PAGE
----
Date Published: April 25, 2019
Publisher: Public Library of Science
Author(s): Robert G. Chambers, Konstantinos Chatzimichael, Vangelis Tzouvelekas, Paul Cross.
The threats posed by neonicotinoid insecticides to bee populations have been the focus of considerable research. Previous work has shed new light on the effects of neonicotinoids on bees by uncovering pathways through which neonicotinoids affect bee population dynamics and the potential interactions they have with exogenous stressors. Yet, little is known about whether these effects translate in a field-relevant setting to substantial losses in honey yields for commercial beekeepers. Here, we used data from a 6-year survey of 60 apiaries in Greece and economic modelling to assess at the field level the effects of neonicotinoid insecticides on honey production. Based on production function estimates, we found that sub-lethal concentrations of two widely used neonicotinoid insecticides (imidacloprid and thiamethoxam) detected in the nectar of flowers resulted in substantial losses in honey production for commercial beekeepers in our sample. By simulating a scenario with ideal pathogenic and environmental conditions, we found that the magnitude of the neonicotinoid effects decreases significantly under ideal conditions providing evidence for possible synergies at the field between neonicotinoids and environmental and pathogenic factors. Moreover, in a replicated study with grouped apiaries, we found evidence that the marginal effects of neonicotinoids on honey production vary across apiaries facing different conditions.
Apiculture is a vital part of the agricultural economy in many developed and developing countries . According to the FAO, the total number of managed honeybee colonies worldwide was 90.4 million in 2016. Those colonies yielded approximately 1.8 million tonnes of honey production with a gross value of approximately 6.4 billion US dollars . Thus, any threats to apicultural production could have serious consequences for agricultural economy and the livelihoods of thousands of professional and semi-professional beekeepers worldwide [1, 3].
Our results indicated an average loss of 18.37 ± 8.5% in managed honeybee populations due to neonicotinoid effects (Table 1, upper panel) which is in line with previous findings [3, 7]. That corresponds to annual losses of 1.02 ± 0.6 million honeybees for an average-sized apiary in our sample (average apiary: 133 hives, 5.32 million honeybees). Our results indicated average losses in honey production of 6.78 ± 4.7% which translates into losses of 448.5 ± 31.6 kg of honey per season for an average-sized apiary (Table 1, middle panel). For the whole six year period, honey losses were estimated at 161.5 tonnes for the 60 apiaries analyzed.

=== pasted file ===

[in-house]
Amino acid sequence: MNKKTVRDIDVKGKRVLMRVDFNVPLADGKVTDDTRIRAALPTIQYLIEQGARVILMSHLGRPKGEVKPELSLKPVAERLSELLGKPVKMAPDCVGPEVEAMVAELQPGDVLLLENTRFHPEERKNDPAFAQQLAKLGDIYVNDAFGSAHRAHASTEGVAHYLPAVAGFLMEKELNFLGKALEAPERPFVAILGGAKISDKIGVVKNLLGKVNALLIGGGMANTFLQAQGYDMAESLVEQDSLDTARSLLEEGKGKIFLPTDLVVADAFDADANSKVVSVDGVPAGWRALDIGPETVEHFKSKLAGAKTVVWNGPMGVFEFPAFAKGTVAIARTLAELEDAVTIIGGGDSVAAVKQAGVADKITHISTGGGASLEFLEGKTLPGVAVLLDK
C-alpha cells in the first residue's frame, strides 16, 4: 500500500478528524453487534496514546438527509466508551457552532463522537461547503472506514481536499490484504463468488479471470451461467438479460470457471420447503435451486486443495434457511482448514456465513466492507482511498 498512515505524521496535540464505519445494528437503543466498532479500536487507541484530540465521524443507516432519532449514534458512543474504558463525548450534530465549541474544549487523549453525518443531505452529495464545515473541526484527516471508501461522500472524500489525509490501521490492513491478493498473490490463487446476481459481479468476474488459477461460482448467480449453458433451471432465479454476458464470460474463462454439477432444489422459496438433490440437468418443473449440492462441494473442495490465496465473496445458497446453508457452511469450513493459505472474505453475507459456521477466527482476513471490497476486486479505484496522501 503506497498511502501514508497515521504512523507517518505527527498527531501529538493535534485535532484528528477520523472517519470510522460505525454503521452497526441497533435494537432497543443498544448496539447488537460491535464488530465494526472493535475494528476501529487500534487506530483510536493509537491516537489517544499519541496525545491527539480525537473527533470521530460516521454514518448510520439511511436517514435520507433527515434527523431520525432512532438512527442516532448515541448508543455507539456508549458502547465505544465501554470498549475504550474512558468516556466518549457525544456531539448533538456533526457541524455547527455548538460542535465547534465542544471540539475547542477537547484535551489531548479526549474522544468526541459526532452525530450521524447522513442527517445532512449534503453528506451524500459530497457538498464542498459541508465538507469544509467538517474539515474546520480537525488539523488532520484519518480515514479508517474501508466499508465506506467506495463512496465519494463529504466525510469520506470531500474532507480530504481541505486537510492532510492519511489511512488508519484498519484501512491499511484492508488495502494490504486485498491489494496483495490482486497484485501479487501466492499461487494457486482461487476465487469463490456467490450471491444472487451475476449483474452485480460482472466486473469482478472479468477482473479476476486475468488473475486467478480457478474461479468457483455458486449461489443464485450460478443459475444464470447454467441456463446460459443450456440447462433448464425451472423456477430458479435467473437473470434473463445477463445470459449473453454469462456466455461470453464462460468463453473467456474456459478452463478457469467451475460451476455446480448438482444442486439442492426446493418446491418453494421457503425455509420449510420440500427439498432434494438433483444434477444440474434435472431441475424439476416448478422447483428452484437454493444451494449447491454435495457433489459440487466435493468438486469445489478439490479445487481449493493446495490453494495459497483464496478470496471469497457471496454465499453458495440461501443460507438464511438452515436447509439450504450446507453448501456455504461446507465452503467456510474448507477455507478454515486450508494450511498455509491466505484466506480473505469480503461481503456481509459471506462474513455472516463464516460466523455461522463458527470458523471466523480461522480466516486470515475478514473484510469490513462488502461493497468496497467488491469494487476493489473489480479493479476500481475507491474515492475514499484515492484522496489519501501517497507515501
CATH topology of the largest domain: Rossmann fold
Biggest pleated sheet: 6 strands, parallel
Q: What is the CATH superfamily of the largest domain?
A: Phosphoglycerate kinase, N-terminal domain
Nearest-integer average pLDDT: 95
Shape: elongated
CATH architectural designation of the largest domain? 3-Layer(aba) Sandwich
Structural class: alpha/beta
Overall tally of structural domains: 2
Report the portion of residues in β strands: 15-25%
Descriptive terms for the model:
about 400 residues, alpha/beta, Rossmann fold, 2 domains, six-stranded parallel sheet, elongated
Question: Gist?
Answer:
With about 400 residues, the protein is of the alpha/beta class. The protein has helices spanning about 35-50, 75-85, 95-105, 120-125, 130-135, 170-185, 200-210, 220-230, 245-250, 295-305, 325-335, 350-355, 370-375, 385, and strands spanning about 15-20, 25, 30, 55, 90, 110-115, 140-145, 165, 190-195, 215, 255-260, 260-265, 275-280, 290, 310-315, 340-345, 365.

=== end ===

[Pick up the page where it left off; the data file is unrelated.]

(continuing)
In this paper, we used data from a 6-year survey of 60 apiaries in Greece and economic modelling to assess the effects of neonicotinoid insecticides on honey production. Our results indicated that sub-lethal concentrations of imidacloprid and thiamethoxam detected in the nectar of flowers resulted in substantial losses in honey production levels for beekeepers in our sample. This finding is important because it improves our understanding of the economic welfare losses associated with neonicotinoid exposure. Our results provided also evidence for possible synergies at the field between neonicotinoids and environmental and pathogenic conditions prevailing at the apiaries. These synergetic effects were found to account for significant losses in the honey yields of beekeepers. However, these results reflect only a higher bound estimate of the interactive effects of neonicotinoids. Finally, our results indicated decreasing marginal effects of neonicotinoids on honey production for beekeepers in our sample facing the least adverse conditions and increasing marginal effects for beekeepers facing the most adverse conditions. This result indicates that potential increases in neonicotinoid levels are likely to lead to higher losses in honey production under adverse conditions, especially if neonicotinoids are present at high concentrations.